Being primarily a pedestrian, I am less bothered by road works than many people, but they do leach over into pavements or block much used routes across roads, so I read with interest a press release this morning about fines for roadworks that run beyond their allotted time-scale.
Irresponsible firms who allow their road works to overrun will face penalties of up to Â£25,000 a day – a tenfold increase on the current Â£2,500 maximum daily charge – under plans published today by Transport Minister Sadiq Khan.
Impressive – until you put on your cynics hat, which I wear a lot when reading government press releases.
The most obvious one is that road works will simply become a Bakers Dozen. For those of you familiar with the saying, but not sure as to why bakers offer 13 loafs, let me inform you.
It is claimed (although disputed) that Henry III imposed a draconian punishment for anyone who short-changed a customer buying a dozen loafs of bread. So severe was the punishment that bakers took to adding a thirteenth loaf as insurance.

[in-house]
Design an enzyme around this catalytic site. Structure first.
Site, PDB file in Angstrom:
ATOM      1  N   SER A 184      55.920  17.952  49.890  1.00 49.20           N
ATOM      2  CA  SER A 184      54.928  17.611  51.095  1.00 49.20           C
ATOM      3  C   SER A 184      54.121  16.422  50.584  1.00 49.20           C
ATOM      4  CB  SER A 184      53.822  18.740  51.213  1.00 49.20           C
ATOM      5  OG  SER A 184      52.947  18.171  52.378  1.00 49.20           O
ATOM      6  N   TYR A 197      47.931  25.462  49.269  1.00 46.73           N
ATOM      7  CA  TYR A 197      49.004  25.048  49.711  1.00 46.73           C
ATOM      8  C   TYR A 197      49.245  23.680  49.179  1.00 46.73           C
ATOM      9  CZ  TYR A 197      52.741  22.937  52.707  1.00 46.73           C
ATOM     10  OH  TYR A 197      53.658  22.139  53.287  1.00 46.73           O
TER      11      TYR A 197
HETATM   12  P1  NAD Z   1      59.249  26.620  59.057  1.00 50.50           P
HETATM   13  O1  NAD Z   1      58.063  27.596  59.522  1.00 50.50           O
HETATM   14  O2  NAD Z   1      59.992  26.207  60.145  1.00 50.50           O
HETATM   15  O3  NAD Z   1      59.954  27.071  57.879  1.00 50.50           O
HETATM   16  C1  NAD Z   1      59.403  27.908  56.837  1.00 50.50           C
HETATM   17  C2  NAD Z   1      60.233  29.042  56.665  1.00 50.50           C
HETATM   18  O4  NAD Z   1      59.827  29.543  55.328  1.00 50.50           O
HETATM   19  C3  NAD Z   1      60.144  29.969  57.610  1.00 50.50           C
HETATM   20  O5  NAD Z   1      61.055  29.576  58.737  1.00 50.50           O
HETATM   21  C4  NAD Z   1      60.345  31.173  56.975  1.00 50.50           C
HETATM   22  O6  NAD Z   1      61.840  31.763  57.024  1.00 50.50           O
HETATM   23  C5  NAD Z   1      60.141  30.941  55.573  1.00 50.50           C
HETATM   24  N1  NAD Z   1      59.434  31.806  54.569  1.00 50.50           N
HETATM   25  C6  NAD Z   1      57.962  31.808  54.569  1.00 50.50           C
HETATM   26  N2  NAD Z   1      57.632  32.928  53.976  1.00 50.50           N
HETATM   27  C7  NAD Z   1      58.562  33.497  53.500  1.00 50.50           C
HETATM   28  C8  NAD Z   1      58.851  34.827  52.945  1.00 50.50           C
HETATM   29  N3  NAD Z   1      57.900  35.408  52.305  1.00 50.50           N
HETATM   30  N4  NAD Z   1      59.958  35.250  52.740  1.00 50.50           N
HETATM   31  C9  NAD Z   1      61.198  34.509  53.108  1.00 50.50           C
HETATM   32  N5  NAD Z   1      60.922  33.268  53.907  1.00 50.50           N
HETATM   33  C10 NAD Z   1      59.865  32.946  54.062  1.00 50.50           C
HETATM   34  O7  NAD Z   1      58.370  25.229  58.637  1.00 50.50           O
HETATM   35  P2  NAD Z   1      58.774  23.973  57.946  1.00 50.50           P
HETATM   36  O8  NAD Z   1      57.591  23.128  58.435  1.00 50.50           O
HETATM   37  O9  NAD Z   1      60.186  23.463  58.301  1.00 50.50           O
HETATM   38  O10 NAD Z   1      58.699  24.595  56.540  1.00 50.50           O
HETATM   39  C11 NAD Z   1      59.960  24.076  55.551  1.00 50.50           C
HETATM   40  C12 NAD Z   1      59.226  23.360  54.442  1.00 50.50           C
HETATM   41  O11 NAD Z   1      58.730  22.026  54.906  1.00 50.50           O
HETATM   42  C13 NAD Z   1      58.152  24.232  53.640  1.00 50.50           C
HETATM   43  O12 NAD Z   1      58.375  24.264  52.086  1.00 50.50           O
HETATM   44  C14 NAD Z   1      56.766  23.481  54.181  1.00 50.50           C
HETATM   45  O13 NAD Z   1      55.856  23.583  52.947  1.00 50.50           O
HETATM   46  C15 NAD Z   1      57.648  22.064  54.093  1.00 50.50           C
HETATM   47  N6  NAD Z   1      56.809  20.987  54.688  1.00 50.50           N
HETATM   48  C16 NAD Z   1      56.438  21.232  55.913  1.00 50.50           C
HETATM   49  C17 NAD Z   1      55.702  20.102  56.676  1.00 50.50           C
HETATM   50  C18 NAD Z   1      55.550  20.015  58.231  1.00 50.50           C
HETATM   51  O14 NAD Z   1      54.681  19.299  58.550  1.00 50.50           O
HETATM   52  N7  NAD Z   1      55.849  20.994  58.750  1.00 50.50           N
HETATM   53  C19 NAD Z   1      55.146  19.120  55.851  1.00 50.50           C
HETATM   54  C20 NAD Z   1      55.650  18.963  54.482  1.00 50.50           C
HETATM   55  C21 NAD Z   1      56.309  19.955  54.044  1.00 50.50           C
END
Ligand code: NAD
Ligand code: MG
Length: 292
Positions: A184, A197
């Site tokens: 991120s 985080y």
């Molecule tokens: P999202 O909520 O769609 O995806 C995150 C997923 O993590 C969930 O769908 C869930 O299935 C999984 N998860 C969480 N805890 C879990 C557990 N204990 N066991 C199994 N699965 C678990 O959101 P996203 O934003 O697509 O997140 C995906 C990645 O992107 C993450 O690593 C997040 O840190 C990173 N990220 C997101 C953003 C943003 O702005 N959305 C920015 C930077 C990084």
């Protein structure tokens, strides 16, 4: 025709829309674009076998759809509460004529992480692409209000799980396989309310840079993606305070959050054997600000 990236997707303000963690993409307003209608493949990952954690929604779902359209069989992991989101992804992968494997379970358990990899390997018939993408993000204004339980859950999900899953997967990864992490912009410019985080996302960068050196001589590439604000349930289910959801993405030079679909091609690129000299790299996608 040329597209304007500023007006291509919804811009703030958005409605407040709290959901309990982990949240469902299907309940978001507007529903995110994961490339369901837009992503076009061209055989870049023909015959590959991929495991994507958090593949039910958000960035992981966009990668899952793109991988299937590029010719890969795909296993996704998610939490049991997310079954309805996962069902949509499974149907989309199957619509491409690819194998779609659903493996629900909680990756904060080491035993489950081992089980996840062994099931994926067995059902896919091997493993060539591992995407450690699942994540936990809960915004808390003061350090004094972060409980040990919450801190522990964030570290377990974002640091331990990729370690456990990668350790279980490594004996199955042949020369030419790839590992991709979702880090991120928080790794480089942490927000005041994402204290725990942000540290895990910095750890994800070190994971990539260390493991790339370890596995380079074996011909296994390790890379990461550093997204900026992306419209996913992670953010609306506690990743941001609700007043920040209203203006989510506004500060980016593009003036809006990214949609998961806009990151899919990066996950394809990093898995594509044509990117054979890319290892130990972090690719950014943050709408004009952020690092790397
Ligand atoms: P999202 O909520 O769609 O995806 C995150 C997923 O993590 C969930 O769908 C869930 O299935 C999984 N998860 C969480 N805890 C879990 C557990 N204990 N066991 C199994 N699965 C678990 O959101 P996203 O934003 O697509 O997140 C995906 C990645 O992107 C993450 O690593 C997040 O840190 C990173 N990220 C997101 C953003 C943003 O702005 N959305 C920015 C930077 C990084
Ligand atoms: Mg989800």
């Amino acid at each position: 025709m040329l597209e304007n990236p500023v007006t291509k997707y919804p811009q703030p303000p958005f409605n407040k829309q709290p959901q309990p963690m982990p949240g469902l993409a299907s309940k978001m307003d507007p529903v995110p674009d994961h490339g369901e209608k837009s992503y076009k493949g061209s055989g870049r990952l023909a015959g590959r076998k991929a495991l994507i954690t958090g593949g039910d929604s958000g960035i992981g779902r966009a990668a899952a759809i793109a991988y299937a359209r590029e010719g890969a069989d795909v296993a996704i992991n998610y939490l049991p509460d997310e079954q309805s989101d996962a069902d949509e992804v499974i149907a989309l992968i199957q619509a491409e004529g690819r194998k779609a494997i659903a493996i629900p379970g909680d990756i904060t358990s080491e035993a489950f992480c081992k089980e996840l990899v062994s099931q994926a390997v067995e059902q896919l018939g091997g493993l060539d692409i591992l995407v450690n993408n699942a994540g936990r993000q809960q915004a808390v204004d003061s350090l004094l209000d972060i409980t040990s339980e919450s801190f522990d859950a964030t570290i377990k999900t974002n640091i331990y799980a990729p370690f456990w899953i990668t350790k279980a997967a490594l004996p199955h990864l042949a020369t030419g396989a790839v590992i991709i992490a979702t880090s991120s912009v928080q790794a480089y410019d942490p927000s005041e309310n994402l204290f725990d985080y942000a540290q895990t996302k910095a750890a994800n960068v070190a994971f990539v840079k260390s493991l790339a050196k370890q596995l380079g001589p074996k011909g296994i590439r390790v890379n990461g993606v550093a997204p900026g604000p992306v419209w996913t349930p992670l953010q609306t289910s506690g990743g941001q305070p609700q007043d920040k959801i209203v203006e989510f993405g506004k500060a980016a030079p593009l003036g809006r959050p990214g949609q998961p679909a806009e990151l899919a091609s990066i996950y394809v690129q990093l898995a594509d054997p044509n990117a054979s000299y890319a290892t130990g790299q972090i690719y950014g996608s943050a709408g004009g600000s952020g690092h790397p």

Incidentally, only the nobility could afford (or need) a dozen loafs at a time, so this law only benefited the rich, while the poor carried on getting ever smaller single loafs and being ripped off.
Anyway, under the new road works regime, if the punishment for going a day over the allocated time is that severe, all that will happen is that utilities firms will reserve an extra day from the local authority, for insurance purposes.
So, a road reserved for a week today, will be reserved for maybe 8-9 days next week. Builders being builders, they will know they have extra time to complete the works, and some labour creep into the overtime will occur.
So, the net effect of the larger fines is to cause more road congestion as repairs are booked for – and take – a longer amount of time to complete.
Someone please explain how that is a good thing.